El Museo del Barrio, a struggling museum located in New York's most storied Latino community, Spanish Harlem, is in the middle of an identity crisis: how can it grow in a landscape of competitive city museums and hold onto its barrio roots? After a flurry of criticism over a new hire of a chief curator from Spain, who is perceived by many to be "out of touch" with the community, Margarita Aguilar, El Museo's director since 2011, has left the museum and filed a legal complaint charging employment discrimination based on gender and a hostile work environment and retaliation.
Among the many charges brought by Aguilar and her attorney, Donald Derfner, are that she was subject to gender discrimination by a member of the museum's executive board, who humiliated her publicly at a gala rehearsal last summer, and also suggested she "lose weight," "dress better," and "pluck her eyebrows." The complaint also alleges that when she fired the finance director last summer, she was called a "hysterical woman," and that, in the midst of a financial crisis at the museum, the chair of the board prevented her from meeting with major fundraisers. Aguilar also contends that she was undercut and left out of the loop in the hiring of new chief curator Chus Martínez.
When asked for comment, the chair of the board of El Museo, Tony Bechara answered through the museum's marketing and communications manager that "We do not comment on the separation of an employee of the museum."
Through her lawyer, Aguilar asserts that Bechara has portrayed her departure as a resignation at a time when the museum is going through fiscal difficulties, when in fact she insists she was fired for not showing up for a meeting to respond to the executive committees' charges that caused her suspension on January 9th. Aguilar's lawyer stated that she was informed of the February 13th meeting two days beforehand and that the contract and museum bylaws stated she was required five working days notice. Among the reasons cited for the suspension were dereliction of duty, failure to engage in meaningful fundraising activities, and failure to effectively lead and work with various staff members.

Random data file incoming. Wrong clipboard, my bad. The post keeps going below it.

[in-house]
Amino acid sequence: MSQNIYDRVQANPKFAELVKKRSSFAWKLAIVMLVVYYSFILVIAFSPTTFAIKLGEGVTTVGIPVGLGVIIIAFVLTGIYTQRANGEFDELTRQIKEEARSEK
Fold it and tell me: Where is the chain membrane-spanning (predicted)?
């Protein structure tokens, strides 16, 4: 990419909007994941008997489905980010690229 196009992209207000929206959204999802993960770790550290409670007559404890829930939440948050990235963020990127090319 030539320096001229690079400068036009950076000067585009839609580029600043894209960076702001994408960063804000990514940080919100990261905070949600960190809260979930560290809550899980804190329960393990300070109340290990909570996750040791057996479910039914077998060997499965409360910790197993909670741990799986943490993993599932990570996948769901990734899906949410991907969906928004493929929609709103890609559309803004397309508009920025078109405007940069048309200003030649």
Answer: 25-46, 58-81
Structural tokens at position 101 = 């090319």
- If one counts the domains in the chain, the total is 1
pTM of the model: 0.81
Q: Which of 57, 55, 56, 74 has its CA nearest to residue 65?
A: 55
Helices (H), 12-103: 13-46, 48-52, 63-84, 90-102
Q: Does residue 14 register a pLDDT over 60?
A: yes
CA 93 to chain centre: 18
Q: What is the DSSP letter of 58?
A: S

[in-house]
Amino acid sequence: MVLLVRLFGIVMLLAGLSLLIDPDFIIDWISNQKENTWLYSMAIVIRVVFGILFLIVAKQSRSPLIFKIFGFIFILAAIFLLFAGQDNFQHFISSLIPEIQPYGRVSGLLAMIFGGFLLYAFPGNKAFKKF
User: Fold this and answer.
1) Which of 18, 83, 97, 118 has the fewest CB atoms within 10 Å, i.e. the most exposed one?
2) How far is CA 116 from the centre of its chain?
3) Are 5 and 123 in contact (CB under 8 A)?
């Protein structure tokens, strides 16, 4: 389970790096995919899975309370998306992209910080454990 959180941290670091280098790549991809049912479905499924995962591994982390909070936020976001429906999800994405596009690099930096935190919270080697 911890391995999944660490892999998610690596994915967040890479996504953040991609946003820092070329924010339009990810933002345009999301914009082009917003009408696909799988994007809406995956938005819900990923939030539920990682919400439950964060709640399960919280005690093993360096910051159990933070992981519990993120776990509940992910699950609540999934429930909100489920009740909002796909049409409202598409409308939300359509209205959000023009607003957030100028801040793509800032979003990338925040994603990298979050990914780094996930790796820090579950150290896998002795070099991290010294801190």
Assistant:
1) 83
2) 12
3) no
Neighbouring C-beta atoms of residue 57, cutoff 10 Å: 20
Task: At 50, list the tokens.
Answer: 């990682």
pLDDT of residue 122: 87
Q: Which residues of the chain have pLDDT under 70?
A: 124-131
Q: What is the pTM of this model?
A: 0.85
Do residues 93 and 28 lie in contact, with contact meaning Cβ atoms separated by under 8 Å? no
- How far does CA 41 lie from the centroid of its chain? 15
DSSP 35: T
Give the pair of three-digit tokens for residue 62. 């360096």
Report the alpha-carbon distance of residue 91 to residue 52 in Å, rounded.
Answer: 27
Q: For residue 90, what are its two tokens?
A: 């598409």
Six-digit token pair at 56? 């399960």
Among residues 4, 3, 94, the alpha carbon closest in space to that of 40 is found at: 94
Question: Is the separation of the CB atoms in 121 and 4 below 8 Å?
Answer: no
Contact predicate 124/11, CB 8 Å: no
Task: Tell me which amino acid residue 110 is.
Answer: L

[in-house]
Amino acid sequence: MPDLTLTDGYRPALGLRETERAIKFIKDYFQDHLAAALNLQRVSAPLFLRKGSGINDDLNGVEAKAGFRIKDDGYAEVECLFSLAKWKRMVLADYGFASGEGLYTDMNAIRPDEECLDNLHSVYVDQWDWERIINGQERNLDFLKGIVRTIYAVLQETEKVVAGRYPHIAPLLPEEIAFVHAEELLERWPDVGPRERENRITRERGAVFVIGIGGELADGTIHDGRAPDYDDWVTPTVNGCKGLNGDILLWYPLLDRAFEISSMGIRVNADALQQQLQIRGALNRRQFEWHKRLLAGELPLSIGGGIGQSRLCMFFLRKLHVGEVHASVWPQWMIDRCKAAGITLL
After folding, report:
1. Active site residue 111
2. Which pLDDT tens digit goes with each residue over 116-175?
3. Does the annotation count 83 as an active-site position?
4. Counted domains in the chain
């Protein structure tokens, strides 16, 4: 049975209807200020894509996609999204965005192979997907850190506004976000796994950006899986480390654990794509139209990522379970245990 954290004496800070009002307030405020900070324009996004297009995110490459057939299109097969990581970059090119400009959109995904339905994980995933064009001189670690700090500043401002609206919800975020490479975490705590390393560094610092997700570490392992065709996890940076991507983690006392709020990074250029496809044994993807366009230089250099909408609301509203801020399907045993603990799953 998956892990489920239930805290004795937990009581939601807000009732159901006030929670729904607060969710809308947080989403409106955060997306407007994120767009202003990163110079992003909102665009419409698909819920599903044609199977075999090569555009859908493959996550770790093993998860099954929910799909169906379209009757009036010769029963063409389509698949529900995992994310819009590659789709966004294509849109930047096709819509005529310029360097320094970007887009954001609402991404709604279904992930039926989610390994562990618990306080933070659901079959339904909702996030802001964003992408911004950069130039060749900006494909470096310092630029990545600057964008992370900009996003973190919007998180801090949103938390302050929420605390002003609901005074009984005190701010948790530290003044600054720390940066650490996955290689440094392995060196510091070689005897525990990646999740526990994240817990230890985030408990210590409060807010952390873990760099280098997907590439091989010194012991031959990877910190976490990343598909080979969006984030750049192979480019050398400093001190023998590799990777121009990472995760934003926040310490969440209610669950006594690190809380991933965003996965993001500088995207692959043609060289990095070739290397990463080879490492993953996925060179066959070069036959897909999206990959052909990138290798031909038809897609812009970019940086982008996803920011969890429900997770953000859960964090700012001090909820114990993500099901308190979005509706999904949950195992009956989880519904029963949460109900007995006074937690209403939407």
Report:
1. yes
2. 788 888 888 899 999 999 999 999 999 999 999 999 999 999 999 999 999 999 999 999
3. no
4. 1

The museum's $35 million renovation of its glass façade, courtyard and galleries completed in 2009 made it appear immune to the recent recession, but last month El Museo laid off about 1/5 of its staff, while cutting back its days open to the public from six to four days a week. Aguilar, whose background was as a curator at El Museo and vice-president at the prestigious Christie's art auction house, did not have much fundraising experience, but she charges that she was interfered with by the executive committee intent on taking credit for major contributions.
While Aguilar was officially on board with the hiring of the new chief curator, the appointment of Martínez was the subject of some controversy towards the end of last year. Shortly after her hiring was announced, Martínez --a star curator of themed mega-shows such as Germany's Documenta – was the subject of two articles, one in Spanish Elle (titled "La Jefa del Barrio") and in a website called Jot Down Contemporary Culture Magazine began stirring up social media.
One passage from the Jot Down interview in particular drew much ire on Facebook and Twitter: When interviewer E.J. Rodríguez asked Martínez what role she would play in the museum's future she replied that it was to "redefine goals, which was basically to attend to the cultural values of the Hispanic community." Martínez went on to say that she hoped to "put the ways of thinking of 'esa gente' in touch with the ways of thinking of other communities that have nothing to do with Hispanics, to get the museum out of that niche."
Whether it was subconscious snobbery or overt arrogance, Martínez's "esa gente" quote seemed to galvanize an online community of outrage. "Nobody's questioned her capacity to curate, she's a star curator," said Pedro Vélez, a Chicago-based Puerto Rican art critic whose Twitter feed was an early spark in the brushfire of online indignance. "[The interview] shows she doesn't understand the philosophy of the museum, which has a long history."
Gonzalo Casals, the deputy executive director of the museum who is now taking on director's duties in wake of Aguilar's departure said of criticisms of Martínez: "It's great that people are so passionate about El Museo! I believe that when people get to know Chus they'll see how committed she is to El Museo's mission."